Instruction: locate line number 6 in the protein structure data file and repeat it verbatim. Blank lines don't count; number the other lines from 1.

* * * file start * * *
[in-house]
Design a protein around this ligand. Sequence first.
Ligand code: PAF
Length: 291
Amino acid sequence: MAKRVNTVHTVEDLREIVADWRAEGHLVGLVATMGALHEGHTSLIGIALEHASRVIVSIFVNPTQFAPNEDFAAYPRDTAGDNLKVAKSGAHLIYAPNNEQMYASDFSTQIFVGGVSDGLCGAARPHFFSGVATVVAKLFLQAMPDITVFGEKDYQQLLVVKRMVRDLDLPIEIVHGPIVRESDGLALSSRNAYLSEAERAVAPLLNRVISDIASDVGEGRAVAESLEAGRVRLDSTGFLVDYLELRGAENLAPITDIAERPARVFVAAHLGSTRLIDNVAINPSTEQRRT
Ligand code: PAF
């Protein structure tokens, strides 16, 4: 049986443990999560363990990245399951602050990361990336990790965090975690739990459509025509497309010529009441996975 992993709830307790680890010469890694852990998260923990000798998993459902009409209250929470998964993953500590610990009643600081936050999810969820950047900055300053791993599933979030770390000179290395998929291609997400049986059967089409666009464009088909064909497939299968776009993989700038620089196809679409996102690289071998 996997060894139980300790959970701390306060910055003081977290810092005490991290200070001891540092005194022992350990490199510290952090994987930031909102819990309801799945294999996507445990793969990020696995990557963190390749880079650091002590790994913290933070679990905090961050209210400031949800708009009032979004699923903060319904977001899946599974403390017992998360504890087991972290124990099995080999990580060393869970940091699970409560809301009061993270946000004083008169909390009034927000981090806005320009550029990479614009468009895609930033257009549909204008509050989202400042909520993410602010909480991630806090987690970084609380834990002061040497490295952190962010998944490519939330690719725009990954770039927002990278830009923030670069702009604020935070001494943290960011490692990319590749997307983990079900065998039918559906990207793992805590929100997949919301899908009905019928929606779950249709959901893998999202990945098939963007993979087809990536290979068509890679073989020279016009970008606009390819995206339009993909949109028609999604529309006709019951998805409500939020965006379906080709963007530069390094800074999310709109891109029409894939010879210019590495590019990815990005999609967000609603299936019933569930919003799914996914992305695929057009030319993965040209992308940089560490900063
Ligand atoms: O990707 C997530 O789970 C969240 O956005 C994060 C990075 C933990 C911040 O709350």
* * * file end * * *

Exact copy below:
Ligand code: PAF